br Authorship contributions br Ethics br Conflicts of intere
Conflicts of interest
Introduction Acute lymphoblastic leukemia (ALL) is the most common malignancy in children, comprising a quarter of all childhood cancers. In India the age-adjusted incidence rates of pediatric leukemia range from 35.7 to 61.3 per million for boys and 22.3 to 40.2 per million for girls . With the advent of combination chemotherapy and risk-stratified protocols, the current cure rate for childhood ALL in high-income countries (HICs) has improved from about 10% in the 1960s to 85–90% or more . In India, a low- to middle-income country (LMIC), cure rates are still low except in a few centers of excellence, despite the use of treatment protocols similar to those in the West [3,4]. This survival gap between HICs and LMICs is multifactorial and includes different biological profiles, advanced stage of disease at diagnosis, high rates of malnutrition, illiteracy, poor average per-capita income, low government health expenditure, associated co-morbidities, lack of supportive care, severity of toxicities, and inadequate hygiene along with a high incidence of infection-related mortality [4,5]. Another important yet often overlooked cause is the disparities that exist between healthcare infrastructures of these two categories of countries regarding effective pediatric cancer care . Refusal (non-initiation) and abandonment (non-completion) of treatment are among leading causes of treatment failure, and studies focusing on the causes of refusal or abandonment of treatment in children with ALL from India are scanty . Thus the current study primarily aims to identify the prevalence and reasons behind treatment refusal/abandonment in childhood ALL in a tertiary-care public-sector teaching hospital situated in North India over a Phosphatase Inhibitor Cocktail II of 18 years, and to understand the predictors for refusal and abandonment.
Methods King George’s Medical University, Lucknow, is a large, public-sector, multispecialty, 3000-bed tertiary-care teaching hospital in North India. This retrospective, observational study was conducted at the Pediatric Hematology–Oncology division, which is one of the major centers dedicated to pediatric oncology in a state with a population of 204 million residing in area of 243,286 km2 (rural 77.7%, urban 22.3%) . The majority of our patients come from rural areas (villages); they are not well connected with the city, and they use multiple modes of public transport which are available at government-subsidized rates. The hospital is public sector and overcrowded, and most of our population is of lower socioeconomic status. The hospital is a busy center which registers approximately 300–400 new pediatric cancer cases annually. Patients admitted include those who approach the hospital emergency/outpatient department (OPD) directly (the majority) as well as those who are referred from other centers for specialized care. No charges for physician, nursing, bed or diet are exacted in the hospital, but patients have to pay for a few drugs, laboratory services, radiology, admission, and OPD visits, all of which are highly subsidized. Each child is allowed to be accompanied by two attendants at a time in the hospital wards. Ethical approval was obtained from the Ethics Committee of the King George’s Medical University before the start of the study, with reference to code 66th ECM II-B/P17th (# 1257/Rcell 14).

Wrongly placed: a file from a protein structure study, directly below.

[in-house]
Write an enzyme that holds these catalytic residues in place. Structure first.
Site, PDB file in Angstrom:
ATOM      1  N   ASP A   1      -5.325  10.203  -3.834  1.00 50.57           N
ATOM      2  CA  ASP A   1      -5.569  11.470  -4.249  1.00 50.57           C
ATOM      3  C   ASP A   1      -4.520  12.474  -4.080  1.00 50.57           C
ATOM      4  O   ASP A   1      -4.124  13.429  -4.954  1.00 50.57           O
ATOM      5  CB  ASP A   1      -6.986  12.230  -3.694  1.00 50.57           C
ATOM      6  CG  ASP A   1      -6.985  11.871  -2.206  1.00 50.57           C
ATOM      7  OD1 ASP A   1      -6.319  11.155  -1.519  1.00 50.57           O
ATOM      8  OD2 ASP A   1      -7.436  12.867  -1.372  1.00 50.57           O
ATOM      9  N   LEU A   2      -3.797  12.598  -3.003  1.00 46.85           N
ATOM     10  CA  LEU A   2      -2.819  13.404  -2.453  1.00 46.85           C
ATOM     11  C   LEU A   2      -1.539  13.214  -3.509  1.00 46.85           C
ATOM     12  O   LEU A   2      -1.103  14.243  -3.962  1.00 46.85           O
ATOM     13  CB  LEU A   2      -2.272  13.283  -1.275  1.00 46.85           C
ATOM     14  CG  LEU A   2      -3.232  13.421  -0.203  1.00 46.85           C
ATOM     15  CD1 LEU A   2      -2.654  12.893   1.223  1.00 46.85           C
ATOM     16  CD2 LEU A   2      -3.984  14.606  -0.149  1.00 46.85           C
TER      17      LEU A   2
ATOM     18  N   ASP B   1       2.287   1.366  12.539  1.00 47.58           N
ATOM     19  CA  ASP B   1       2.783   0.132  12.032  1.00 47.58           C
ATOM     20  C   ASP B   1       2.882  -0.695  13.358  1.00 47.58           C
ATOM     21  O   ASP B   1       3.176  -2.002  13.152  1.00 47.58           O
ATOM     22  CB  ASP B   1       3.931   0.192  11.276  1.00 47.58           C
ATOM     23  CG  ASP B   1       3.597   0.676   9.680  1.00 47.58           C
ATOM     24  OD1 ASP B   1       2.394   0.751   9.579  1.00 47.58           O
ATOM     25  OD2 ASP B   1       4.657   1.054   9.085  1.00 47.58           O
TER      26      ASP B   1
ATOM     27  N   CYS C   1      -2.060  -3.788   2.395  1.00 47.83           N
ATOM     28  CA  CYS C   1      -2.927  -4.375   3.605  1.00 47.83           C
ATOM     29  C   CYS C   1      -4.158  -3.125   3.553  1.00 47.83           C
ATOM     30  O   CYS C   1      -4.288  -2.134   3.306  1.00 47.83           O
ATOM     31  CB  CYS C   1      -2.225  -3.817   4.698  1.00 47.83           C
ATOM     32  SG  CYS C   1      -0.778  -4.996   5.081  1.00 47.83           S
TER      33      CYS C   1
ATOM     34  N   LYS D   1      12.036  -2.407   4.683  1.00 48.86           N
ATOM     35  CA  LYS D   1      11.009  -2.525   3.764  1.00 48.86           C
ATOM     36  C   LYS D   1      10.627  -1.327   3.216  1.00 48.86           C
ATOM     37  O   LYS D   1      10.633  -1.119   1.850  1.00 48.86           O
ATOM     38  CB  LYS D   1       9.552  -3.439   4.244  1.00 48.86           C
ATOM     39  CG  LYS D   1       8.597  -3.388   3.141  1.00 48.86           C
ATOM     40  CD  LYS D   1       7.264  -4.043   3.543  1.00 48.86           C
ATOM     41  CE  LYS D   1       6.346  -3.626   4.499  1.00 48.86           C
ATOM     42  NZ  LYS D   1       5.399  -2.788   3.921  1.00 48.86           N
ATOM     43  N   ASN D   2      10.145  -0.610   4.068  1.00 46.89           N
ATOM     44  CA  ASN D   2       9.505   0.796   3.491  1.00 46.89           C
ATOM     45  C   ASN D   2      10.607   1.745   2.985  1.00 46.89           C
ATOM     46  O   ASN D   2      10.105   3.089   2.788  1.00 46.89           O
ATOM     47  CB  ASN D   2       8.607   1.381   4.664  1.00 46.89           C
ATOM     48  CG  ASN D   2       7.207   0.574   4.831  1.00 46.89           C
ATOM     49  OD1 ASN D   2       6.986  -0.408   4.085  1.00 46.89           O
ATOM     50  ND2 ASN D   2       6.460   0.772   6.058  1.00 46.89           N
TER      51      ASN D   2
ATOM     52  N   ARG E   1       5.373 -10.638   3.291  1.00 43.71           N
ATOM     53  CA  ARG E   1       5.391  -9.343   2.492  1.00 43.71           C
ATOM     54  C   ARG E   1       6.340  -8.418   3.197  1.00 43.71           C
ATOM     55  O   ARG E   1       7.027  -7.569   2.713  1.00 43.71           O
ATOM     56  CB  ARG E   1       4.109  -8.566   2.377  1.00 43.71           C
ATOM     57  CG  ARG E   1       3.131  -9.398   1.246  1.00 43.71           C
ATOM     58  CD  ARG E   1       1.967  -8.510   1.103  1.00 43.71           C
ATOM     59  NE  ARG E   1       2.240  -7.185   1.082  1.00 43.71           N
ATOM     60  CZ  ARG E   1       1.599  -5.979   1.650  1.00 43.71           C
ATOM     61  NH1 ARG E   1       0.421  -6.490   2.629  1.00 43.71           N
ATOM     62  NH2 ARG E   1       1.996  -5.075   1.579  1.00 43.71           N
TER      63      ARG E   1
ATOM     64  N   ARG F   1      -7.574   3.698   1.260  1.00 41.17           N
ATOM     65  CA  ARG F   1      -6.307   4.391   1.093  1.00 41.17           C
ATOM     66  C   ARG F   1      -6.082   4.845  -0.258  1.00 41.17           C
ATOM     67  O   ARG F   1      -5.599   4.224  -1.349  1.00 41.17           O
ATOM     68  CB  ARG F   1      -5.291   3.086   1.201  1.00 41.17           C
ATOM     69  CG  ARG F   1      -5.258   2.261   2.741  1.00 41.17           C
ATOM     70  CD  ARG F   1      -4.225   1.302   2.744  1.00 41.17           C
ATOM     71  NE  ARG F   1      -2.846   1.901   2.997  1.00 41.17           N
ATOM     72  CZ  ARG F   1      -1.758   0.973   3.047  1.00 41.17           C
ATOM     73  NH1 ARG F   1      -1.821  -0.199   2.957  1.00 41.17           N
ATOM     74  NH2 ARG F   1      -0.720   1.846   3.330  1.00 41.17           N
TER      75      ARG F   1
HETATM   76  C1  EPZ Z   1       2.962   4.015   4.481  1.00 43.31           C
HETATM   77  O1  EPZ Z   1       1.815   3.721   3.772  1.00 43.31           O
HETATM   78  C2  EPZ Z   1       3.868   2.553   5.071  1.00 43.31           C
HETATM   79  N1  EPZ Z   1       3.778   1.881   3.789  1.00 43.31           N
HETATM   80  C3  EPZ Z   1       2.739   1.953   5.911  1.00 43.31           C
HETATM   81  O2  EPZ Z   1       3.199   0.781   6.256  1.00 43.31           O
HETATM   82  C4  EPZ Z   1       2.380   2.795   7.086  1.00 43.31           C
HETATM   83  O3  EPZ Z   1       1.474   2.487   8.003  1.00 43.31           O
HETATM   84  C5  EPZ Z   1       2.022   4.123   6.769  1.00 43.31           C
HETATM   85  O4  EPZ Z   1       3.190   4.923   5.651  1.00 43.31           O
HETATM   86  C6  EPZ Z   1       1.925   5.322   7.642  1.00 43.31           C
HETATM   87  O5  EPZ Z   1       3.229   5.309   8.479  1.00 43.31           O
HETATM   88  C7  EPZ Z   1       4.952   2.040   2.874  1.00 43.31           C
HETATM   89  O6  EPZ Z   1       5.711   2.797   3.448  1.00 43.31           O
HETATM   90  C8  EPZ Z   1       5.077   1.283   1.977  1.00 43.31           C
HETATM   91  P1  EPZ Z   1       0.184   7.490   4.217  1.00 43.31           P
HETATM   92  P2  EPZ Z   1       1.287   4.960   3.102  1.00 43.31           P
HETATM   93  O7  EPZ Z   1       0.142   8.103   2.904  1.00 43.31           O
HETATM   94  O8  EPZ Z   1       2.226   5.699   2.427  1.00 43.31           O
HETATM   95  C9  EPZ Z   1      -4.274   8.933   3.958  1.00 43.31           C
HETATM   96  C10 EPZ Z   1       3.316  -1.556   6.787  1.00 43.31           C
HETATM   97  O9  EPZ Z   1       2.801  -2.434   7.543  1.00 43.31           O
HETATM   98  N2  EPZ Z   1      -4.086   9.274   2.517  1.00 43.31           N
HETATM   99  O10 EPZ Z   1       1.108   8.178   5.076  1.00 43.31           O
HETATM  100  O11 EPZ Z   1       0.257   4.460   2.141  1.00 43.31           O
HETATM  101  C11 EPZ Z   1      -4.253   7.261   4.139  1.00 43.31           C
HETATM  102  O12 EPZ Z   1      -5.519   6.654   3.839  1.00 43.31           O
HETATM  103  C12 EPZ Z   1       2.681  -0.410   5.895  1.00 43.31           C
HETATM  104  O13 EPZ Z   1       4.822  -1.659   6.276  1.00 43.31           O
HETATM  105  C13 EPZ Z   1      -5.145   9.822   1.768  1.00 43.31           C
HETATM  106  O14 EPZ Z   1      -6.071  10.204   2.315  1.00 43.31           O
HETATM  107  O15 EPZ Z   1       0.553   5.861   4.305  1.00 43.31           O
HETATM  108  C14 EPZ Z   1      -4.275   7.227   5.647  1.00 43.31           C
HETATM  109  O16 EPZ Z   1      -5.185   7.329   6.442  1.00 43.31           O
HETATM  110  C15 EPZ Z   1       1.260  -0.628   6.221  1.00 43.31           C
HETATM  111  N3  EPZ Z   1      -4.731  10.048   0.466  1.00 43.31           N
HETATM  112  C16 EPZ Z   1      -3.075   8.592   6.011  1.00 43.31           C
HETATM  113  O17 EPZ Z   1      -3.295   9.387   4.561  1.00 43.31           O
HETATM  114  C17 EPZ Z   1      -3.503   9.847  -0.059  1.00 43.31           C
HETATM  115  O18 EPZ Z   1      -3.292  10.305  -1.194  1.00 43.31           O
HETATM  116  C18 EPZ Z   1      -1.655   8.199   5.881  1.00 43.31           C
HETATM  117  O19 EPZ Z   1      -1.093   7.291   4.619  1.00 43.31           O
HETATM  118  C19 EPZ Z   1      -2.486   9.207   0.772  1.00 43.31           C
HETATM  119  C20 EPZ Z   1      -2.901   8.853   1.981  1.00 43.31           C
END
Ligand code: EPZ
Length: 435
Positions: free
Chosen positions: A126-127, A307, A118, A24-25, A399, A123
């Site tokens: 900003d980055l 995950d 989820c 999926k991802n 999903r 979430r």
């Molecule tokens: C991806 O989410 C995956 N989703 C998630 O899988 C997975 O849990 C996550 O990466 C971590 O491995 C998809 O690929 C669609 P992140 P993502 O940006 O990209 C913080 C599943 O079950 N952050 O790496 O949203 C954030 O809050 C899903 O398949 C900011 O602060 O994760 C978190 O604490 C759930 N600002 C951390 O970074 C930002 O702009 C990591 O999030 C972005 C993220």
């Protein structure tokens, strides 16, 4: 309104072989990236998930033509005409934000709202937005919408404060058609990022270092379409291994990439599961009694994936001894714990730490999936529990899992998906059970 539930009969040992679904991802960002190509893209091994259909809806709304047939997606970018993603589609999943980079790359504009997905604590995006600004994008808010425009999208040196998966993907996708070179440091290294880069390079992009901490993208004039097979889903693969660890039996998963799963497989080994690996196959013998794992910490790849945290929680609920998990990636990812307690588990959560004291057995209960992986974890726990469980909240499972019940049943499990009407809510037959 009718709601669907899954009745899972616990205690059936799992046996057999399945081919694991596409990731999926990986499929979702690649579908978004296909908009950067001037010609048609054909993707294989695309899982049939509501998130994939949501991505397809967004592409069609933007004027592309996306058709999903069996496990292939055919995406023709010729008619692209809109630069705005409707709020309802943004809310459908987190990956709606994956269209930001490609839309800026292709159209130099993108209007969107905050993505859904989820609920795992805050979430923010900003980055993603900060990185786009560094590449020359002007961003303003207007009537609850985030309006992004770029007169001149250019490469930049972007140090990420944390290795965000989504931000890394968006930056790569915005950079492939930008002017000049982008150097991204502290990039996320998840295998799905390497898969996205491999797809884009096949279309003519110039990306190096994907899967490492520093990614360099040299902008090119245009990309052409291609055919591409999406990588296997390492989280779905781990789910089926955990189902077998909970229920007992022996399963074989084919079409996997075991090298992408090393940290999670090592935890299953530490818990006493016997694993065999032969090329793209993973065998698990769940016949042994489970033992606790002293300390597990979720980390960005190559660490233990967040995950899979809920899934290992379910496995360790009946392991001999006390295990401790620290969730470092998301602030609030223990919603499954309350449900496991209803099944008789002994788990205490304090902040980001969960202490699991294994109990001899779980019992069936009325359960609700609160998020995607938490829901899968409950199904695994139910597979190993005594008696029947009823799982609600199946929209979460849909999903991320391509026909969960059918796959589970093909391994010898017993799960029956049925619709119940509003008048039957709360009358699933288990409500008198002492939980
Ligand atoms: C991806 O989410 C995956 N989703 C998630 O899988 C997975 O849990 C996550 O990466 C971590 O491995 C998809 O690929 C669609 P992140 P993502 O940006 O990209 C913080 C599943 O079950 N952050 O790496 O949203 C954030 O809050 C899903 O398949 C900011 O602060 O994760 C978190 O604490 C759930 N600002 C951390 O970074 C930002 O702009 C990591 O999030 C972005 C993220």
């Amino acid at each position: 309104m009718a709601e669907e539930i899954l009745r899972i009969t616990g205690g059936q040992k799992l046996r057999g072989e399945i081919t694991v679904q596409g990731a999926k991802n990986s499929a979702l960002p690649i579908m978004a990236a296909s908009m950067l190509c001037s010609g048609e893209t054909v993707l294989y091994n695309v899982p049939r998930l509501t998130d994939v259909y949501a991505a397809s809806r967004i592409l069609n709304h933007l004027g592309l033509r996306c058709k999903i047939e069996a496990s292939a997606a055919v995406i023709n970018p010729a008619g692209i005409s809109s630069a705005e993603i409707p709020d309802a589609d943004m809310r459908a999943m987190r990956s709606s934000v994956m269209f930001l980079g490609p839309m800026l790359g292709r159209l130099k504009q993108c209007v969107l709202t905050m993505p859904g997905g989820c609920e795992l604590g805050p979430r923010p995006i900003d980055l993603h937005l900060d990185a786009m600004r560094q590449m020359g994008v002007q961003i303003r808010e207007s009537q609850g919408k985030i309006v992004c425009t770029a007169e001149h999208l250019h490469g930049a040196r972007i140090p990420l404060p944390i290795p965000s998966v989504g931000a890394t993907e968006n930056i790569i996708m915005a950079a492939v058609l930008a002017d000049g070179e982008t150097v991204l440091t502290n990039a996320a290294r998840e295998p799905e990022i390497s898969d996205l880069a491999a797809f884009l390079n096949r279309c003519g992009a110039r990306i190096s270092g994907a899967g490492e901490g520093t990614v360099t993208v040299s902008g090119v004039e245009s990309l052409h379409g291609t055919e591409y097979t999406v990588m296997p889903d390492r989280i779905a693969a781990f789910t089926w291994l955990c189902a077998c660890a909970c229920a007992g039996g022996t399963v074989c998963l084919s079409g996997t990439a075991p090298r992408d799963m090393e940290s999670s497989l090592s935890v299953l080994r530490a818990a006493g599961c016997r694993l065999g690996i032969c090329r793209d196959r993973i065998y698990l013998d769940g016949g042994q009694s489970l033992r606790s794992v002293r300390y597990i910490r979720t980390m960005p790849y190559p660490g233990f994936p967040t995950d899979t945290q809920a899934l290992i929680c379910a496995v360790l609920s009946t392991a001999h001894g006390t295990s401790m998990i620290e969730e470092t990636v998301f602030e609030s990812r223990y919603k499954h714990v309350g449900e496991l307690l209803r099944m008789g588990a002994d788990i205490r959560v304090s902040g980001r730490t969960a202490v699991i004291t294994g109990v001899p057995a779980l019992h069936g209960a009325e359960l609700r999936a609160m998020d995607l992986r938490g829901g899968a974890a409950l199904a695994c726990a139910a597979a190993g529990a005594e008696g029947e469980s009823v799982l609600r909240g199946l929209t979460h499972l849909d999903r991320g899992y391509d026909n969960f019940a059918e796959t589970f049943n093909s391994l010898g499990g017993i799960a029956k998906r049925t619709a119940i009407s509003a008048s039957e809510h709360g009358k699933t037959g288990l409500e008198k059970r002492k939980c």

Discussion In the present study, the refusal rate was 16.8% (96/572) in children admitted with ALL. Studies from Chandigarh and West Bengal documented even higher rates of refusal (24–30%) [11,12]. Among developing countries, similar rates were found in China , although one study from China quoted a much higher rate (53%) ; lower rates (12%) were documented in a study from Indonesia . Remarkably, refusal was reported absent in studies from Brazil, Mexico and Turkey [16,16,17].